The Future of Family Office Investing: I
Practical lessons from 3 years of putting capital to work
Part I: Venture Capital & Early Stage Equity
Hello there, I’m Mesh. I’m in year three of managing our personal family office.
It’s a small operation, mainly just myself, but we have created a pretty robust investing ecosystem. Our allocations consist of both public and private investments. Our private investments are the result of the network we continue to build, and the value we can provide. This has given us access to high quality equity and debt opportunities. See here for Part II: Investing in Tech & Private Credit.
A Brief Background
I spent 2008–2014 at a long/short equity/equity derivatives family fund. I took over our current family assets in 2014. The stock market was reaching peak valuations and interest rates were near zero. We had liquidity with our public equity portfolio, but we lacked income and growth without the volatility of the overall markets. I looked to venture for access to growth, and alternative debt as a means to find income.
We’ll discuss equity now, but I’ll dive deeper into alternative debt in a later post.
Growth: Venture Capital
The interest in investing in VC has grown rapidly in the last 5 years. The lack of growth in the public markets mixed with the emergence of successful companies like Facebook, Twitter, Uber etc. have driven dollars into venture funds.
Basic VC Facts:
- It takes 7–10 years for a VC fund to make a return on your investment (if). That’s how long it takes on average for a company to reach a potential exit.
- A VC portfolio consists of several companies, typically around 30 companies for Seed Stage Funds (early) and less for Later/Growth Stage Funds.
- Fees are 2/20%, with about a 3 year investment period for Seed Stage funds.
- A majority of the companies in a 30 company portfolio will fail, and the fund is dependent on its “winners” to return the fund + profit.
- A top quartile VC return is around 3X your investments in that 7–10 years. That’s a compounded 12% annualized return for 10 years.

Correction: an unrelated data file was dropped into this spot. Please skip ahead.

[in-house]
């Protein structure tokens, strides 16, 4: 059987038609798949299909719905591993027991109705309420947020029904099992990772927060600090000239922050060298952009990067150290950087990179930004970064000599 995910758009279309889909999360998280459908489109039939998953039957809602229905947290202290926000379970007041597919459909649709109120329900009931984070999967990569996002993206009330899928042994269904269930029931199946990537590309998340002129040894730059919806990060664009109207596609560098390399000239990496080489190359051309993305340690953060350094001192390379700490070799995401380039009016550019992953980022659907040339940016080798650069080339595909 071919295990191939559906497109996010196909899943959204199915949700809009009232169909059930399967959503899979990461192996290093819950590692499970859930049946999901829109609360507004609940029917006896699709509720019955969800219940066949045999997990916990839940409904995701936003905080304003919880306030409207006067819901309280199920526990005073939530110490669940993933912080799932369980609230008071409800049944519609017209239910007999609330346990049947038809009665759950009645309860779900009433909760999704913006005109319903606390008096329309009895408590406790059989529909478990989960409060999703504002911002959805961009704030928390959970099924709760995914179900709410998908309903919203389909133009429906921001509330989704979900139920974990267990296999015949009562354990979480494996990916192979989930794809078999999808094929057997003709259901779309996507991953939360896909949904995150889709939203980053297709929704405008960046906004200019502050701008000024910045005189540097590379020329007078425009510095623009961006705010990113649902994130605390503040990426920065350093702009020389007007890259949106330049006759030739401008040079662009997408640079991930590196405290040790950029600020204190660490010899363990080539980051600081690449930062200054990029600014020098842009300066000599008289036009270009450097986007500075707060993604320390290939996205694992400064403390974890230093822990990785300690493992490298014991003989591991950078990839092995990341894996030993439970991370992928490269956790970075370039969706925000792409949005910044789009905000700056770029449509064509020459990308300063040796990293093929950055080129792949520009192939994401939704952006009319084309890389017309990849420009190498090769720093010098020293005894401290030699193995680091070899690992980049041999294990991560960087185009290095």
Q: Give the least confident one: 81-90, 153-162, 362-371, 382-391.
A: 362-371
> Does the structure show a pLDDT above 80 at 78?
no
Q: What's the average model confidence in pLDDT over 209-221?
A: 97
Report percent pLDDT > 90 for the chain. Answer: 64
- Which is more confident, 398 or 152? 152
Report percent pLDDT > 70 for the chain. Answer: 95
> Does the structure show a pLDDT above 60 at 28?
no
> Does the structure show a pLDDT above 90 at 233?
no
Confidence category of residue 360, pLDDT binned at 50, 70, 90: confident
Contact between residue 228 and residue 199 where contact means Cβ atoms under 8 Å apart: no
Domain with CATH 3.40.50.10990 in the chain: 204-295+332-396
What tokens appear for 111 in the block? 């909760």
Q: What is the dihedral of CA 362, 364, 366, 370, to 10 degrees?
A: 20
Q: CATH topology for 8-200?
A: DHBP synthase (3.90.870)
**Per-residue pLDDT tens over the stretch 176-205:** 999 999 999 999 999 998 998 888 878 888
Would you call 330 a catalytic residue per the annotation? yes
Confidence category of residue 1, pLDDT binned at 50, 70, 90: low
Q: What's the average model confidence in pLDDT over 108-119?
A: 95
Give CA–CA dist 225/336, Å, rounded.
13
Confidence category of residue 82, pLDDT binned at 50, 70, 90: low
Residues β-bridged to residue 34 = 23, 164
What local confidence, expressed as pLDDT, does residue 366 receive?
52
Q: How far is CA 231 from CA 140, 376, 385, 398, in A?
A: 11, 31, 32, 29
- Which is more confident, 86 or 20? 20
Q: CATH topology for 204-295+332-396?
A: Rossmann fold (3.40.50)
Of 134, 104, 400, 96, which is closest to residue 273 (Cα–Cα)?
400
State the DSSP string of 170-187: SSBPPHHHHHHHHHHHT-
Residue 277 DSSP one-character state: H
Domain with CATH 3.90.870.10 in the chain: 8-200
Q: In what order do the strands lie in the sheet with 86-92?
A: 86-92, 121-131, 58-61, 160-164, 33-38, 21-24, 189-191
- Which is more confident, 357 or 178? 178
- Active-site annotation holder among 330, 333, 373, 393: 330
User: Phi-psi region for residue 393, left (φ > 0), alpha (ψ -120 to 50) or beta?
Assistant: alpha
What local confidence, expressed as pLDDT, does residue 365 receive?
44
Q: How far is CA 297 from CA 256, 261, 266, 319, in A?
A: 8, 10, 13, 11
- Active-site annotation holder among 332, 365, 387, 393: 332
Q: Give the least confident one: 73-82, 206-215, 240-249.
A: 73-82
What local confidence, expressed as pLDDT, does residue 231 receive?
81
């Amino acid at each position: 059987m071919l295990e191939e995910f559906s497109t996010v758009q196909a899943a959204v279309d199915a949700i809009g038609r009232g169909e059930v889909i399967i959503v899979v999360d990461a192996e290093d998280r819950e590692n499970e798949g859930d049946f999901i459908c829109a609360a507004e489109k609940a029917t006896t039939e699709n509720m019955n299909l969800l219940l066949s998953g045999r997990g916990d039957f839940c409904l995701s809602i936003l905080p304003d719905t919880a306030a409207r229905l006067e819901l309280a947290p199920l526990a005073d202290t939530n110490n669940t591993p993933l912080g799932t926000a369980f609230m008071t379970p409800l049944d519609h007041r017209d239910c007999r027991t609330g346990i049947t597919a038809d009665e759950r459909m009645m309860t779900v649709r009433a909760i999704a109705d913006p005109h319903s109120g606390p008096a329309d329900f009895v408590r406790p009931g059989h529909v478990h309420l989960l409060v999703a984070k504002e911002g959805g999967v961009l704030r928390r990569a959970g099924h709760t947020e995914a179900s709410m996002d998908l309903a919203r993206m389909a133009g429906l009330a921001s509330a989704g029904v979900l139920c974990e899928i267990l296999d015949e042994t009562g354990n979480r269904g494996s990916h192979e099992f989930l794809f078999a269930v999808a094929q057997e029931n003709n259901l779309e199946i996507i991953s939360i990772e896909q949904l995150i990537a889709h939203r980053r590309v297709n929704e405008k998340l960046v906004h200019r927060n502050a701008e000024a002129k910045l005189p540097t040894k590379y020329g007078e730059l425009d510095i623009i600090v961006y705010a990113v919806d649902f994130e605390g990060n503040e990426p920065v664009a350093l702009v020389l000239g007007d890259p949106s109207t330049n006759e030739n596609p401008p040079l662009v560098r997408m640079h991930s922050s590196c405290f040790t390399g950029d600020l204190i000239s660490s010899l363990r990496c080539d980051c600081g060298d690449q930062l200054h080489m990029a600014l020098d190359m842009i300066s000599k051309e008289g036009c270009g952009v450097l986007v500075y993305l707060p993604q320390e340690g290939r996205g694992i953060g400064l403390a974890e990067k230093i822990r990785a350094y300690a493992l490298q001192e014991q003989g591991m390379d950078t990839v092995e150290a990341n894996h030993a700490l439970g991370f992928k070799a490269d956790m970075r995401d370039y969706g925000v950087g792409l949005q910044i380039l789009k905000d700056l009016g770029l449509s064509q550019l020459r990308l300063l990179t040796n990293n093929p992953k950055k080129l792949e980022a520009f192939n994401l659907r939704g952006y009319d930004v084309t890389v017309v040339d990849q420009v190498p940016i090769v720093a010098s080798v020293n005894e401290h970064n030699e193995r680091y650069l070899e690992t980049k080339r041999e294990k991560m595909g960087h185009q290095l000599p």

- Most VCs won’t return 3X, let alone 2X. There are only so many successful companies and there’s only so much room in each deal. Access is everything.
- The average public market return is a 7% annualized return over 10 years. The added risk of a VC portfolio, lack of liquidity and uncertainty equates to the need to receive 3X + in order to make it worth the investment.
- High risk= lower allocation in the overall investment portfolio. Typically 1–10%.
Given returns take 7–10 years, it’s hard to know whether a newer VC fund has what it takes to provide returns. You’re generally looking for whether they have access to good deals, and if their previous experience provides enough:
- Experience on what makes a good deal.
- Value to the company to be allowed in the deal.
Funds that have previous success (USV, First Round, Lowercase, Accel, Benchmark & Sequoia) are usually oversubscribed and are hard to get into.
- This can sometimes be hard to understand for people coming from public equity or PE backgrounds. Access is a very important factor in venture investing.
- Most times a deal has been subscribed or over subscribed before you’ve even heard about it. Founders choose who they want in their deals. I’ve seen companies not allow certain investors to participate.
- Your capital has no clout. If it does simply by the amount you’re investing, then I would be concerned about the deal. Value is your understanding of the market the company is competing, the ability to make strategic introductions, assist with hiring needs, and general guidance on execution.